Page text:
[Jacqueline Aquino Siapno. Photo by Yahia Shaheen, via the Amman Global Center.]
Like Siddiqi and Agnes, Nadera Shalhoub-Kevorkian is concerned with women’s agency within legal systems. By taking a close look at the dynamics of several Palestinian cases of rape, she shows how women are victimized not just by the initial act but by their experiences of working within the multiple legal systems or paths open to them for redress. Moving between the Israeli legal system and police and local community forms of dealing with (and avoiding) the situation, whether religious or customary, these women, she argues, are re-victimized. No system of law works cleanly.
The volume gives only a small taste of what we discussed in the workshop, which included a lively session on the proposed reforms of Jordanian Personal Status Law, discussion of the work of Islamic feminist organizations like Musawah dedicated to legal reform, the complex meanings of “conversion” in the unique system of personal status laws in Lebanon (in the brilliant work of Jadaliyya editor Maya Mikdashi), and more.
J: How does this work connect to and/or depart from each of your previous research and writing?
LA-L and AR: Neither of us is a specialist on Muslim family law, yet we are both interested in critiques of liberalism. We thought that exploring the charged topic of “sharia” might be a good way to develop these critiques concretely, since Islam serves as one of liberalism’s classic “others.” We have worked and taught together for many years, sharpening our understandings of the differences between the Middle East and South Asia regarding secularism, religion, and law. We also share deep concerns about the colonial echoes of transnational feminism.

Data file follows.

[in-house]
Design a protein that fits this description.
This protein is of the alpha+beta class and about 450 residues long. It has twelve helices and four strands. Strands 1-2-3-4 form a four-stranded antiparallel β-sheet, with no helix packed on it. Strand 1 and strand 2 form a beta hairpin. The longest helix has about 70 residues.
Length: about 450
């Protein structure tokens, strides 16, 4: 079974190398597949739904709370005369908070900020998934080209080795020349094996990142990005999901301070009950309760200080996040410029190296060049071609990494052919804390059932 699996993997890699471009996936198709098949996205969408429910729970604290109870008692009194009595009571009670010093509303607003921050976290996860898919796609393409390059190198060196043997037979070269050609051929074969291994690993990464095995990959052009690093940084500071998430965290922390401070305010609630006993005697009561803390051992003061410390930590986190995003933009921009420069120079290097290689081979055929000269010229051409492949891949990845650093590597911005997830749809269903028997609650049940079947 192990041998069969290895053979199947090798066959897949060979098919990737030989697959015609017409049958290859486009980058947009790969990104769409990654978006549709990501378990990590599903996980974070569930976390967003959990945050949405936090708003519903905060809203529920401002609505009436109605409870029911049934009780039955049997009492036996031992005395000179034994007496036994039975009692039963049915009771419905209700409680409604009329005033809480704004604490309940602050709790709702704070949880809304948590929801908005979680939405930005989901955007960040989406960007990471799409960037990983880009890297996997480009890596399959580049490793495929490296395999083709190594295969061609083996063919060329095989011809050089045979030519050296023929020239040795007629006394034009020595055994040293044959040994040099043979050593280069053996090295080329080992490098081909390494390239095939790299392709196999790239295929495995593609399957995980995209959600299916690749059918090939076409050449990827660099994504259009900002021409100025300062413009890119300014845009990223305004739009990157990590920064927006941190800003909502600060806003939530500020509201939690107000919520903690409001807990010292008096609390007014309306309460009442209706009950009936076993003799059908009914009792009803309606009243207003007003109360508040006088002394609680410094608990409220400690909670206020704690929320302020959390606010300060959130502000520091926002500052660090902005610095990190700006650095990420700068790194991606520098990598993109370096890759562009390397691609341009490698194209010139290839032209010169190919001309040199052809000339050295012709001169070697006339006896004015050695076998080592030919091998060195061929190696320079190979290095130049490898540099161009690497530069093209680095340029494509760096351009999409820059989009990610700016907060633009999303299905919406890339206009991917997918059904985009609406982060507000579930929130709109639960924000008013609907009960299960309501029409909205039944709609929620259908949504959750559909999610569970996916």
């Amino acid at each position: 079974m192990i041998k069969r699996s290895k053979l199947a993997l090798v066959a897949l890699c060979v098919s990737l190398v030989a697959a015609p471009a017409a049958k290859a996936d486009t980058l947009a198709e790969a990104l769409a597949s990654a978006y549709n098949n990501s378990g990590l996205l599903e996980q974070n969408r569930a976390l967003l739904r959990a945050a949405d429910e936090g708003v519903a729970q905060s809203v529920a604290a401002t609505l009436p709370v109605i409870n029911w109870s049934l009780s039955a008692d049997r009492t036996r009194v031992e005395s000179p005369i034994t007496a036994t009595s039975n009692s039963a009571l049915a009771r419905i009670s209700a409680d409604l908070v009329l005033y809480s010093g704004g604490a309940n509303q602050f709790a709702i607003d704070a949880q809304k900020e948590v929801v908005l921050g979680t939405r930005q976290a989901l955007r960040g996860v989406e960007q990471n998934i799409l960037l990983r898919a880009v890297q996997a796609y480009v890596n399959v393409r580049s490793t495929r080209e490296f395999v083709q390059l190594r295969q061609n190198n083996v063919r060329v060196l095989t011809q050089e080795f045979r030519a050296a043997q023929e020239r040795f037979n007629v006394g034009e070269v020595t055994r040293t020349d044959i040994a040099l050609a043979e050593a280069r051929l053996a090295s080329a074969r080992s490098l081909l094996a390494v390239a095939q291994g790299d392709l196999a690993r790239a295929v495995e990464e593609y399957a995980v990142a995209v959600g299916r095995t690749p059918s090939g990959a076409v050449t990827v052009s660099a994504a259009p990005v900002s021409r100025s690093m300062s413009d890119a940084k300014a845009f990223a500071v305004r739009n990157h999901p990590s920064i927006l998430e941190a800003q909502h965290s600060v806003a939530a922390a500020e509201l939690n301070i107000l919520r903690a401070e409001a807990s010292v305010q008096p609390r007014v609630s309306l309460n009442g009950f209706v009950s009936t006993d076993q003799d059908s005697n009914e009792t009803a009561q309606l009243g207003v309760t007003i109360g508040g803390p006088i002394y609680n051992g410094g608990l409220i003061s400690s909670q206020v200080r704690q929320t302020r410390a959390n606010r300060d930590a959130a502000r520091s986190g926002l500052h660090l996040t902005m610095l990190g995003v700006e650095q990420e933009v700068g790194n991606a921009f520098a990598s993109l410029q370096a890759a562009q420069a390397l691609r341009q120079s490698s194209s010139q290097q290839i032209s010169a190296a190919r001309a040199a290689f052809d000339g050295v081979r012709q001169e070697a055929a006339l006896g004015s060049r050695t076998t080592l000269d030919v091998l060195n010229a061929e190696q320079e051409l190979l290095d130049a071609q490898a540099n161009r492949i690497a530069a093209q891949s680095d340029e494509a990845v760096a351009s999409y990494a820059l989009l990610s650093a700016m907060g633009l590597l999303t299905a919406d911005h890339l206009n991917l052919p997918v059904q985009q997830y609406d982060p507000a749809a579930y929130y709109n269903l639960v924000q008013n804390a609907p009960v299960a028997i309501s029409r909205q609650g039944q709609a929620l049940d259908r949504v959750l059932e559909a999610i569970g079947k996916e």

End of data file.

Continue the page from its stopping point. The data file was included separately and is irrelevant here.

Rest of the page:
J: Who do you hope will read this special issue, and what sort of impact would you like it to have?
LA-L and AR: These are papers that question conventional wisdom, trace little known histories, and uncover in sympathetic detail the cases of actual women going through legal systems looking for redress against violations, escapes from bad marriages, and better lives. They provide evidence that the liberal assumptions of many feminists and rights advocates are as flawed as the pernicious prejudices of those who generalize about and condemn Islamic law or family law without understanding its histories and workings in courts and families and communities. So it is not just scholars of the Middle East, South Asia, or Southeast Asia who will find these exciting, but anyone thinking about Muslim Personal Status Law and the “Sharia Question.” This publication proves the value of legal anthropology and history for understanding contemporary issues of Muslim women’s rights.
J: Could you say a bit more about the politics of consent, which serves as an important theme that connects up the different contributions to this issue?
LA-L and AR: Three observations led us to think it might be fruitful to organize the workshop around the kinds of questions that the concept of consent raises. Lila Abu-Lughod had noticed in her fieldwork in Egypt that over the past twenty years, consent had become an enabling force for young Muslim women who increasingly saw it as a “right” that allowed them to challenge the customary arrangement of marriages by families. Simultaneously, we all knew that parallel efforts are underway across the Muslim world by feminist reformers of various sorts (from secular to Islamic) to make choice, consent, and contract the instruments for guaranteeing women’s rights, especially in marriage. For example, in North Africa, as in India, feminist reformers developed model marriage contracts that could, among other things, build in requirements of consent for a husband’s decision to take a second wife. There have also been campaigns for legal reform of Islamic family law to enable women to initiate divorce, as in Egypt, again on the basis of whether women consent to their marriages. In yet other quarters, there are campaigns to challenge conservative Muslim clerics and regimes seeking to lower the age of consent or marriage age for girls. The right of consent has thus become a key site for deciding the legitimacy (and equity) of Muslim marriage.